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Van Life: 14 Lessons Learned In 14 Days of Living in a Van

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With the pandemic limiting our ability to travel, my friend Lizz and I rented a Sprinter van for a month to see if we could do the van life thing.

Would van life be for us? Well…let’s find out!

Here’s what we learned in our first two weeks of living in a van:

The latest on Youtube:

1. Vans are tall (know your clearance)

Our van could sneak just under a regulation basketball hoop…something we learned about five minutes into our first day on the road when we drove under a friend’s hoop and immediately got stuck. Whoops!

No damage done and an easy fix. But knowing the height of your van is key. (0:16 in the video above for this lesson learned about living in a van!)

It’s also important to know the length and width of your van and to check limitations on any roads that you plan to drive.

For instance, our van was just small and slim enough to drive the epic Going-to-the-Sun Road in Montana’s Glacier National Park, but many disappointed drivers with bigger rigs get turned back at the gates.

Van life on the Going-to-the-Sun Road at Glacier National Park
Lizz drives the van on the Going-to-the-Sun Road at Montana’s Glacier National Park

2. There will be setbacks in van life

About four hours into our van life adventure, Lizz and I noticed a strong smell of diesel. We hoped it wasn’t us, but the smell grew stronger and stronger until we pulled over on the side of the highway and ran around the van to investigate.

The feeder hose to the internal diesel tank had come apart, literally dumping inches of diesel fuel into the back of the van, which then rolled and splashed all the way to the living area of the van. To say it was a mess would be an understatement. (1:03 in the video above to see this misadventure!)

That leads me to…

3. Always carry rags in the van

Thank goodness for the stack of old rags we stashed in the van before setting out! I can’t imagine what we would have done without them.

Those rags have been clutch in so many ways beyond the great diesel disaster (though we did have to toss the fuel-soaked rags and buy a bundle of new ones).

Living in a van in the front yard
Our friend in Idaho helped us clean up the diesel and let us park on his lawn!

4. Roll with the setbacks when doing the van life thing

If you can’t laugh through the difficult moments then van life might not be your calling. As much as we want every day to be filled with beauty out our windows, some days are filled with frustrations.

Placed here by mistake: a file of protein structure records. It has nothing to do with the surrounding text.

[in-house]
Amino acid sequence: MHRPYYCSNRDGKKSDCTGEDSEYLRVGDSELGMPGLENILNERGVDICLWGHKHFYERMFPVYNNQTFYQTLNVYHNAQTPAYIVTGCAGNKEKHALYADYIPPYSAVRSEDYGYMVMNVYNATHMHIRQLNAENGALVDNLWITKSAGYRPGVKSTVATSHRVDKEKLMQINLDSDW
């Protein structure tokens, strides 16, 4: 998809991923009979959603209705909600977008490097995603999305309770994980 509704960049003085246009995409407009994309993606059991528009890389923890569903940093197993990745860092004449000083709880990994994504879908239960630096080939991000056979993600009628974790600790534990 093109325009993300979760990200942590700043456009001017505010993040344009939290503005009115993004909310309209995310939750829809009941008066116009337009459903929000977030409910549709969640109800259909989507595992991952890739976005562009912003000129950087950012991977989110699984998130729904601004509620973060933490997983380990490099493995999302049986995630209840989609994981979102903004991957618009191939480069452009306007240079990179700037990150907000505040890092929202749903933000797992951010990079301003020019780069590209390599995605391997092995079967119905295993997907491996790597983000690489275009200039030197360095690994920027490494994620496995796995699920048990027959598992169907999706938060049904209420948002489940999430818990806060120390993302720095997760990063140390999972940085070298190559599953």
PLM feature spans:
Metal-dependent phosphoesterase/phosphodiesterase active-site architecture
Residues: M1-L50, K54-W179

Or in our case, filled with smoke. The smoke from the heartbreaking western fires followed us for the first ten days of our trip, obscuring the views of Idaho and Montana that we had hoped to see.

We spent a couple of days on Lake Coeur d’Alene that was not what we expected. But, perhaps, even more than we could have hoped for in the end.

A wakeboarder on Lake Coeur d'Alene durng the smoke from the western fires
Wakeboarding on Lake Coeur d’Alene in the smoke from the western fires (3:19 in video above)

The smoke-filled skies blocked our views but left us with a really unique experience. We were basically the only people on the lake on a warm day and we saw some really eerie but cool sights.

In Montana, the scene was just as eerie and unique.

And, since we were there to see the smoke clear over Glacier National park, I think we appreciated the stunning beauty all that much more.

A woman at Glacier National Park after the smoke cleared
The hike to Hidden Lake at Glacier National Park after the smoke cleared

The best solution to those frustrations was to make the very best of it and to realize just how lucky we were to be on the road regardless.

woman at hidden lake trail in west glacier national park
Hidden Lake Trail at West Glacier was so beautiful when the smoke cleared!

5. Diesel engines don’t like the cold

Speaking of frustrations, we learned the hard way that our diesel van doesn’t much like the cold. She also needs to be driven for 20 minutes a day or so just to keep her happy. In the first 10 days of traveling with our rented Sprinter Van, we had three experiences when she just wouldn’t start.

Luckily we were able to get her running each time.

The third time, though, we needed a jump start. We were in a KOA at Glacier National Park, so we scoured the RV area for another Sprinter, and – just as we were about to give up – in came Tom and his wife, Melinda, with a Sprinter.